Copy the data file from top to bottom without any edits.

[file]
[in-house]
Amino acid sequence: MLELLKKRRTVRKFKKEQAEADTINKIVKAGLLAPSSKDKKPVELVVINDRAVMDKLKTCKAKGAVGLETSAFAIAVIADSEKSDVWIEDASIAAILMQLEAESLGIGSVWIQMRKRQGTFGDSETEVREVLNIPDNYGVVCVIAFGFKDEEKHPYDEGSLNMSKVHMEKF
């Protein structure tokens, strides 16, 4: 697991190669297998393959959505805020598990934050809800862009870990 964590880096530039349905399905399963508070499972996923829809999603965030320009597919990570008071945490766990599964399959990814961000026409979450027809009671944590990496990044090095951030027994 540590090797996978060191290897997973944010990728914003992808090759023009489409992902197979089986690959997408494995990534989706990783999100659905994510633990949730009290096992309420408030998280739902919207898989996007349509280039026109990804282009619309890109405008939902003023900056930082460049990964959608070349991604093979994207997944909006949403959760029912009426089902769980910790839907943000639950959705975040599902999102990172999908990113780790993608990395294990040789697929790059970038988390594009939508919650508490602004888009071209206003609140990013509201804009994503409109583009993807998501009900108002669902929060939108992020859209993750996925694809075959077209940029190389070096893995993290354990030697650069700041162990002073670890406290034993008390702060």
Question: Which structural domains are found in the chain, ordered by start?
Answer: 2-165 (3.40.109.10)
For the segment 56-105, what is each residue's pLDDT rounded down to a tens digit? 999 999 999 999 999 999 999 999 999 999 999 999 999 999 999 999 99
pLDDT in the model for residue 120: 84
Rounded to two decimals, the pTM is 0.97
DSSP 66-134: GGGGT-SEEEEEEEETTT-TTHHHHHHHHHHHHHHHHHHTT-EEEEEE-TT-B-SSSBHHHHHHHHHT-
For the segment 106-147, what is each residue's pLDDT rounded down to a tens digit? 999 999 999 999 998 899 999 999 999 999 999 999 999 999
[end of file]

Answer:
[in-house]
Amino acid sequence: MLELLKKRRTVRKFKKEQAEADTINKIVKAGLLAPSSKDKKPVELVVINDRAVMDKLKTCKAKGAVGLETSAFAIAVIADSEKSDVWIEDASIAAILMQLEAESLGIGSVWIQMRKRQGTFGDSETEVREVLNIPDNYGVVCVIAFGFKDEEKHPYDEGSLNMSKVHMEKF
């Protein structure tokens, strides 16, 4: 697991190669297998393959959505805020598990934050809800862009870990 964590880096530039349905399905399963508070499972996923829809999603965030320009597919990570008071945490766990599964399959990814961000026409979450027809009671944590990496990044090095951030027994 540590090797996978060191290897997973944010990728914003992808090759023009489409992902197979089986690959997408494995990534989706990783999100659905994510633990949730009290096992309420408030998280739902919207898989996007349509280039026109990804282009619309890109405008939902003023900056930082460049990964959608070349991604093979994207997944909006949403959760029912009426089902769980910790839907943000639950959705975040599902999102990172999908990113780790993608990395294990040789697929790059970038988390594009939508919650508490602004888009071209206003609140990013509201804009994503409109583009993807998501009900108002669902929060939108992020859209993750996925694809075959077209940029190389070096893995993290354990030697650069700041162990002073670890406290034993008390702060």
Question: Which structural domains are found in the chain, ordered by start?
Answer: 2-165 (3.40.109.10)
For the segment 56-105, what is each residue's pLDDT rounded down to a tens digit? 999 999 999 999 999 999 999 999 999 999 999 999 999 999 999 999 99
pLDDT in the model for residue 120: 84
Rounded to two decimals, the pTM is 0.97
DSSP 66-134: GGGGT-SEEEEEEEETTT-TTHHHHHHHHHHHHHHHHHHTT-EEEEEE-TT-B-SSSBHHHHHHHHHT-
For the segment 106-147, what is each residue's pLDDT rounded down to a tens digit? 999 999 999 999 998 899 999 999 999 999 999 999 999 999